“I never knew the old Vienna before the War” – The Third Man and coming to terms with the post-war world

As The Third Man turns 70, we delve into what it tells us about Britain and the building of a new global epoch

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Cities rarely look as good as they do in the movies. The intoxicating power of the urban sprawl has been a focus of film classics since the dawn of cinema, from the Berlin underworld in Fritz Lang’s M (1931) to the scum-ridden streets of New York in Martin Scorsese’s Taxi Driver (1976). Carol Reed’s 1949 masterpiece of British film noir, The Third Man, is similarly entwined with the city of Vienna. The ruined boulevards and subterranean passages of the Austrian capital provide a perfectly murky stage for a cynical tale of crime and corruption during the birth of the Cold War.

It’s a war-torn town with dark cobbled streets and racketeers lurking inside every shadow. The palpable crookedness of the environment is even felt in Robert Krasker’s Oscar-winning cinematography, with dutch angles and extreme closeups fostering a constant sense of unease – accompanied, of course, by a timelessly evocative zither score from Anton Karas.

But The Third Man‘s Vienna is so much more than an atmospheric setting; it captures a changing world in a period of political and economic turmoil. The film arrived only a few months after the Berlin airlift; a time when the allied coalition which had defeated the Nazis was beginning to break apart. An uneasy detente had given way to open animosity between the Communist Eastern bloc and the capitalist West. As an occupied city in the former Third Reich, Vienna was at an epicentre of these tensions, and as such it provided a perfect microcosm of this post-war global order which was still in its infancy.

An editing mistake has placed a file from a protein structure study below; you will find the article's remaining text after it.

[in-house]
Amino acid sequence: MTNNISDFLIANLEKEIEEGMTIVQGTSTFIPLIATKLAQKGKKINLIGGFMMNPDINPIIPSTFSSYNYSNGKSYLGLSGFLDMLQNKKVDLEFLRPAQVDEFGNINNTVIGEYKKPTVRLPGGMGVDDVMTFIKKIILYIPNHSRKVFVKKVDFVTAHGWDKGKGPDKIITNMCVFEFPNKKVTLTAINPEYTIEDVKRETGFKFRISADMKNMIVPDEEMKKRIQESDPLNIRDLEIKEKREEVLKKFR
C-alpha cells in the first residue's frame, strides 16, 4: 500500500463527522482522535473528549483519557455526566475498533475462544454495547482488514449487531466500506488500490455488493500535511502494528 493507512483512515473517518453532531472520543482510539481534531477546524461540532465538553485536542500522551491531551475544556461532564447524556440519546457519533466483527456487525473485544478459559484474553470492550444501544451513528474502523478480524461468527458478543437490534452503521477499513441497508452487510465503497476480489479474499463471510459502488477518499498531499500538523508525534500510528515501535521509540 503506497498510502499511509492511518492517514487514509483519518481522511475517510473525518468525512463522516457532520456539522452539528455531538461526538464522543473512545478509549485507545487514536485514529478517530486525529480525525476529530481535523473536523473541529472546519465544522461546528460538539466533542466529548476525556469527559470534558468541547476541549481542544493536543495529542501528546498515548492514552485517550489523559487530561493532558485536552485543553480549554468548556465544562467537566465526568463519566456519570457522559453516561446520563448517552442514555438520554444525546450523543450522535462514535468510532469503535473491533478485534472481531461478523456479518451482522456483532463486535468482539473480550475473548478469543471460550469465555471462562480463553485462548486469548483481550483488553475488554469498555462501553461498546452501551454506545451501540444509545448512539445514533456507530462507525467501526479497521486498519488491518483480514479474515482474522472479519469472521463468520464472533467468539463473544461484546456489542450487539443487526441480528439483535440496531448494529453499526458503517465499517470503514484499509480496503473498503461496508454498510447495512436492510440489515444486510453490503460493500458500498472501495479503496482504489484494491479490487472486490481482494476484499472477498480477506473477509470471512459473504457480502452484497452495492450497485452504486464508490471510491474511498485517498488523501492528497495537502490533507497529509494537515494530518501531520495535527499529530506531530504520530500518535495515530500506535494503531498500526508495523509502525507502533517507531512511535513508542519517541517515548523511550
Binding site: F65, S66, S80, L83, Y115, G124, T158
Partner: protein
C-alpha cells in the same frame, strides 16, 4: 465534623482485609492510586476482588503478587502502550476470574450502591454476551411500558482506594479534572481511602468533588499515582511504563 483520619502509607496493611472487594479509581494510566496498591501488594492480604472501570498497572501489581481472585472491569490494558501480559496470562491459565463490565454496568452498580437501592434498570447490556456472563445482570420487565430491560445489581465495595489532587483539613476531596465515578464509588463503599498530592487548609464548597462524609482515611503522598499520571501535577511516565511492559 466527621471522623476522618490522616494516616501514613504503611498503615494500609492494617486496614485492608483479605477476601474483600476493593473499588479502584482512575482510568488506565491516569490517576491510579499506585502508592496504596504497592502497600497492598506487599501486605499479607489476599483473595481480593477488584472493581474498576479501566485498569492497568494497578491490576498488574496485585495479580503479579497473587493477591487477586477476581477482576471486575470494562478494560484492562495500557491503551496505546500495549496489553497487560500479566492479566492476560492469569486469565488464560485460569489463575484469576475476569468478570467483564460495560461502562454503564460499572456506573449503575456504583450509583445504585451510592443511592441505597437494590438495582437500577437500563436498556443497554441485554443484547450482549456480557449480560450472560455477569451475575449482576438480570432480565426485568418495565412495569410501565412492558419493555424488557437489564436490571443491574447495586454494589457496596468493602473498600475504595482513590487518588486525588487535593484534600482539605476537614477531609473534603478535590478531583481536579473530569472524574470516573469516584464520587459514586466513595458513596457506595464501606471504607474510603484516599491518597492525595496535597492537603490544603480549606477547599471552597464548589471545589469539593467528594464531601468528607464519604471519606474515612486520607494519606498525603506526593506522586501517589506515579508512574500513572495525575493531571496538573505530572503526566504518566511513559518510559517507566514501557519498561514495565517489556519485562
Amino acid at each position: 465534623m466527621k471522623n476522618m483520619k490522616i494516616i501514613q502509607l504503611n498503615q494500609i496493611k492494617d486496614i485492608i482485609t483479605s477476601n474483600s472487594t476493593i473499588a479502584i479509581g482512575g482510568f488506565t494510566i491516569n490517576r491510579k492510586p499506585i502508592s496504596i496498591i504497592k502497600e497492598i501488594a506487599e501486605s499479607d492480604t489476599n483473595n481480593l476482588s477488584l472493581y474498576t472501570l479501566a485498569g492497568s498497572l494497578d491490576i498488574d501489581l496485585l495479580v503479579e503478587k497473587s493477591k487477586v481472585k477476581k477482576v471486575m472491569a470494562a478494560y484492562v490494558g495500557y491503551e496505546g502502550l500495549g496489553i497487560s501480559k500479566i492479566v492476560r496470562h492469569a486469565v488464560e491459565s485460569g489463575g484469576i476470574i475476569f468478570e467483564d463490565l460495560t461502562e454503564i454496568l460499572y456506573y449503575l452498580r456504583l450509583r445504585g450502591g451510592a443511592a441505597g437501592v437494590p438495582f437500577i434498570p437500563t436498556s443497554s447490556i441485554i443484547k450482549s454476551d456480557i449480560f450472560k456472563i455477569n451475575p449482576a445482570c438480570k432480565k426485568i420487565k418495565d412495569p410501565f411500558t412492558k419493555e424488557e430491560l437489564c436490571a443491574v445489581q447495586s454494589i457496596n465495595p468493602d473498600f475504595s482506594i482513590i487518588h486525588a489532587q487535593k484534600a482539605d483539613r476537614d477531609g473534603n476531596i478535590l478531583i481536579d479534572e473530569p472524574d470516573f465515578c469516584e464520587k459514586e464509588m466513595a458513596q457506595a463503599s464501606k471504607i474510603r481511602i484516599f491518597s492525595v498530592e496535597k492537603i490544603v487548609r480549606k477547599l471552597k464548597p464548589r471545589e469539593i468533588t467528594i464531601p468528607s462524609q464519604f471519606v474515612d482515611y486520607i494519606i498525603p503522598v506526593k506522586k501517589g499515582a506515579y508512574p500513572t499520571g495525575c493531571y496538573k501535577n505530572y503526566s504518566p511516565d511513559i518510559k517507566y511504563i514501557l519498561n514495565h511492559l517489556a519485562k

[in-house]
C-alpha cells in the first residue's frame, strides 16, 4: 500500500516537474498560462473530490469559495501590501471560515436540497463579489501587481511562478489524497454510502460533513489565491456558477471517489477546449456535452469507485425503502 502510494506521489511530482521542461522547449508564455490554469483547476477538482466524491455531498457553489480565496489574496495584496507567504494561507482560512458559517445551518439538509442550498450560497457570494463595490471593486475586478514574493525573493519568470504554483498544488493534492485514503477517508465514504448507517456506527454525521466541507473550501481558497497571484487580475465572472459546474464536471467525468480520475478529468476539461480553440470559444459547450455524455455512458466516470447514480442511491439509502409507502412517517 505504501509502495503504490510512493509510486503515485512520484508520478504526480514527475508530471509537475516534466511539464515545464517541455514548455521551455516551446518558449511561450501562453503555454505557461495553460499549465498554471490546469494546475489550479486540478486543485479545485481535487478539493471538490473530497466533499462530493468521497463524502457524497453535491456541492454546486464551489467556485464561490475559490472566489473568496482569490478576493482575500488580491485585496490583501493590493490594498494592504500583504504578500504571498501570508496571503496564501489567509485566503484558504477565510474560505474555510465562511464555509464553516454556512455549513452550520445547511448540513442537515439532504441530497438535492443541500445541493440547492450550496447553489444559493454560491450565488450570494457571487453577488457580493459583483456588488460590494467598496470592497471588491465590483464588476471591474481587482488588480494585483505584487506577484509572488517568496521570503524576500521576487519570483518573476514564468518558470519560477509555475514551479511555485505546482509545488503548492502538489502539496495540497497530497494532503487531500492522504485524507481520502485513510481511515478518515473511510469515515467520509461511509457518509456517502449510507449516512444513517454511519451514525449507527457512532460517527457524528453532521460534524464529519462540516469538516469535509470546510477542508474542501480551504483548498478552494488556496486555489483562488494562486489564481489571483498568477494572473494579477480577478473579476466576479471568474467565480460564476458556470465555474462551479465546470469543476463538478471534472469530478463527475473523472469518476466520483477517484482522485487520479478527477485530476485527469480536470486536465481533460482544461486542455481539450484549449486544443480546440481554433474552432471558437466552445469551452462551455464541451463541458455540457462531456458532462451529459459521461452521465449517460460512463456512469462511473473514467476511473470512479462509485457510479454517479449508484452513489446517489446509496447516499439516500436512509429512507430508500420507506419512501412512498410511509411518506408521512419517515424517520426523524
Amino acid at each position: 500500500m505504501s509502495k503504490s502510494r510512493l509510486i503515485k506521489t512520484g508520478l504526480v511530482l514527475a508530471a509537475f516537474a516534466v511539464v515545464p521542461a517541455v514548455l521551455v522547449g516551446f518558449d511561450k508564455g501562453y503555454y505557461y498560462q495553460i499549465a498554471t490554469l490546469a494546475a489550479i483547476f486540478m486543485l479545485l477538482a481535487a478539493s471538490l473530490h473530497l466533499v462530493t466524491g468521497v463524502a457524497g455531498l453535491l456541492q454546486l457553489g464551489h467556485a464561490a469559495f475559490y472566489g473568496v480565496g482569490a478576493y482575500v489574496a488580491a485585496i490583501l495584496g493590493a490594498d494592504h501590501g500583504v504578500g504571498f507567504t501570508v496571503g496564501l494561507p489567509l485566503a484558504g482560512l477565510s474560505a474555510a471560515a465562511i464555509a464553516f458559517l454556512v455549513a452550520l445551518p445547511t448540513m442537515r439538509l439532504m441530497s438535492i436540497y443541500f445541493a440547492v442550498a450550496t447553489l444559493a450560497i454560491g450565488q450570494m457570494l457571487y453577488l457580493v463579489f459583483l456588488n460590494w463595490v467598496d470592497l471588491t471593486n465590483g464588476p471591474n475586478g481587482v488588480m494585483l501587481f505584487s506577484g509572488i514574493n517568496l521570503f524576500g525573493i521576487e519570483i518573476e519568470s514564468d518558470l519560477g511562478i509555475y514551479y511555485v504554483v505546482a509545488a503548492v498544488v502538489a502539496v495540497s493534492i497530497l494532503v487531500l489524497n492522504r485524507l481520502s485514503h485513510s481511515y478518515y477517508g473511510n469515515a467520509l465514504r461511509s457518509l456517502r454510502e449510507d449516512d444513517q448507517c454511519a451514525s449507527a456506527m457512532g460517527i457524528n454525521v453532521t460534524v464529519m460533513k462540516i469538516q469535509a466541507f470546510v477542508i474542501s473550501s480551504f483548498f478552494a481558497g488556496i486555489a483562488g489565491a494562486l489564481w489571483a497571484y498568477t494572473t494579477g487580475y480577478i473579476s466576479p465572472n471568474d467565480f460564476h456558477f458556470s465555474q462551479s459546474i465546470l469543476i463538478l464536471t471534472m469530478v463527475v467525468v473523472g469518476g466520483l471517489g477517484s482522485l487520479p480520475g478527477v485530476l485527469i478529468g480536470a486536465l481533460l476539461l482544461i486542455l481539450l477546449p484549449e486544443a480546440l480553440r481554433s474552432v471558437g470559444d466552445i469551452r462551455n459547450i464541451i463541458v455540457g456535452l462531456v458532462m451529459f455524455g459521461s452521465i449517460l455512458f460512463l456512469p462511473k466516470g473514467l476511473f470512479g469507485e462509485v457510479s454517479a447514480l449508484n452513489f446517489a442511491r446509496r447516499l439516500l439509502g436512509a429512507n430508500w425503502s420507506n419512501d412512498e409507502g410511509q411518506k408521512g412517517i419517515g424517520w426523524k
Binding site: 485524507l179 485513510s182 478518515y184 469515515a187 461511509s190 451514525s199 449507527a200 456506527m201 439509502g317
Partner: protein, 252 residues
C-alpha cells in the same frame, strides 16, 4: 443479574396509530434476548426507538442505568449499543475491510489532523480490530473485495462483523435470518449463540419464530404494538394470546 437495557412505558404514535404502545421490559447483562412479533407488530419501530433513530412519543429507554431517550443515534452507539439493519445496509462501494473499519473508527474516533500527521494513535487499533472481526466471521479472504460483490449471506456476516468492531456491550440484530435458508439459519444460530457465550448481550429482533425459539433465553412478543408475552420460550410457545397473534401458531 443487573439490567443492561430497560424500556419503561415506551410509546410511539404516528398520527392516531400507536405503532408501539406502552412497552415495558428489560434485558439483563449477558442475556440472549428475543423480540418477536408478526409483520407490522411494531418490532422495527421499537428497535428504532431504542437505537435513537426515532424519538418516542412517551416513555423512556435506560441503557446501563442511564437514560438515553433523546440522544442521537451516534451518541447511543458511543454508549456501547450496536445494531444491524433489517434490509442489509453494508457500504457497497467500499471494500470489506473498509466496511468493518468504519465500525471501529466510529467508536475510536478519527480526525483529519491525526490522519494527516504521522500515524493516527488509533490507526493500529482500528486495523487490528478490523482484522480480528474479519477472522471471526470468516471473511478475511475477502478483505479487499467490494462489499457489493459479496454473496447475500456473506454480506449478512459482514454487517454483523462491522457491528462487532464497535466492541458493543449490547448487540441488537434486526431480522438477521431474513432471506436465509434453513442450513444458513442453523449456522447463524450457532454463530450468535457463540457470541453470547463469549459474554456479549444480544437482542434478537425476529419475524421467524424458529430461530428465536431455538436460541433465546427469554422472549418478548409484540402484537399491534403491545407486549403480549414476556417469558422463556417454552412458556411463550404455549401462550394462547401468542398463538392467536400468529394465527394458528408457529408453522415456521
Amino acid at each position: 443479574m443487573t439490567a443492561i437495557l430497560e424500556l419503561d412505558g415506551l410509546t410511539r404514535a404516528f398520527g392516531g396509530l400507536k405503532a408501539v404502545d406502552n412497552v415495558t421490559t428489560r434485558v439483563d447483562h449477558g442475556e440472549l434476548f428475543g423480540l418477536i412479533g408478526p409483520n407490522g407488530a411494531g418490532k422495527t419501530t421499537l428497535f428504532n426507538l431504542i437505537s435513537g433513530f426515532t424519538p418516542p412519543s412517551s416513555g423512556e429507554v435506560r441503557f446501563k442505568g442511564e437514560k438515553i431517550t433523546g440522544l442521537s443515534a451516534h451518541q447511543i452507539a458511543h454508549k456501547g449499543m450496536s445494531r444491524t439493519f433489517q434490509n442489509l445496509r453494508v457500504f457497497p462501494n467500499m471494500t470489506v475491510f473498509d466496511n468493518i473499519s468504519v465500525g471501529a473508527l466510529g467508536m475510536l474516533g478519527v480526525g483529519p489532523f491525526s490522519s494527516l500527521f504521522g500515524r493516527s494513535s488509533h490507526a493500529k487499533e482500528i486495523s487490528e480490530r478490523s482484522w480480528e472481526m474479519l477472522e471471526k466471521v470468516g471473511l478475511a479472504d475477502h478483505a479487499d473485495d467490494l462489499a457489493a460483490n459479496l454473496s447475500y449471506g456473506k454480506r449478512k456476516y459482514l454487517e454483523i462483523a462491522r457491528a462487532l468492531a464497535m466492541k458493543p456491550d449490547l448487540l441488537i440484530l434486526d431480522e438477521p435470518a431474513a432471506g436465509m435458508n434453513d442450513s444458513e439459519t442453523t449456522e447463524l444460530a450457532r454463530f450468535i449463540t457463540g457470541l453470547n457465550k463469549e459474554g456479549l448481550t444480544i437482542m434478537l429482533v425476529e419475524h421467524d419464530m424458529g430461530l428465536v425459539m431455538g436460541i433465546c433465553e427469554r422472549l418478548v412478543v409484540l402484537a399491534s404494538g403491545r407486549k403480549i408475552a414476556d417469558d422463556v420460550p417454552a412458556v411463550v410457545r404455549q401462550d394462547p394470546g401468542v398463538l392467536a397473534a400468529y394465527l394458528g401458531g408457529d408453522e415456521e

The importance of the film’s volatile political context is foregrounded in a brilliantly sardonic opening narration, provided by director Carol Reed himself. In character as a seedy black-market racketeer, Reed explains how Vienna had been divided into various sectors under the control of American, Soviet, British and French forces respectively. “What a hope they had,” he comments, “all strangers to the place and none of them could speak the same language.” The Third Man, then, is not just the story of a city, but of a whole new world which had been born from the ashes of the Second World War.

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Amid this unfamiliar geopolitical landscape, the film seems preoccupied with the role of Britain on the world stage, and how this once-mighty nation might come to terms with the newly emergent supremacy of the United States and the Soviet Union. Acclaimed novelist Graham Greene adapted the screenplay of The Third Man from his own novella, but made one crucial change from page to screen. His characters Holly Martins and Harry Lime, respectively the protagonist and the villain of the drama, were recast as Americans rather than Britons. This change had obvious commercial implications for a British film pitching itself to the US box-office, but placing two American characters so centrally within a European story also reflected the growing dominance of the US in world affairs.

Indeed, Holly Martins is not just an American citizen, but a writer of the most American of genres, the Western. As he barges brashly into the Viennese underworld with all the tact of a gunslinger, it falls to the chief British authority in Vienna, Major Calloway (Trevor Howard ), to act as his guide. Against the determination of the American, however, Calloway can only stand by and feebly offer advice as Martins wades further and further out of his depth.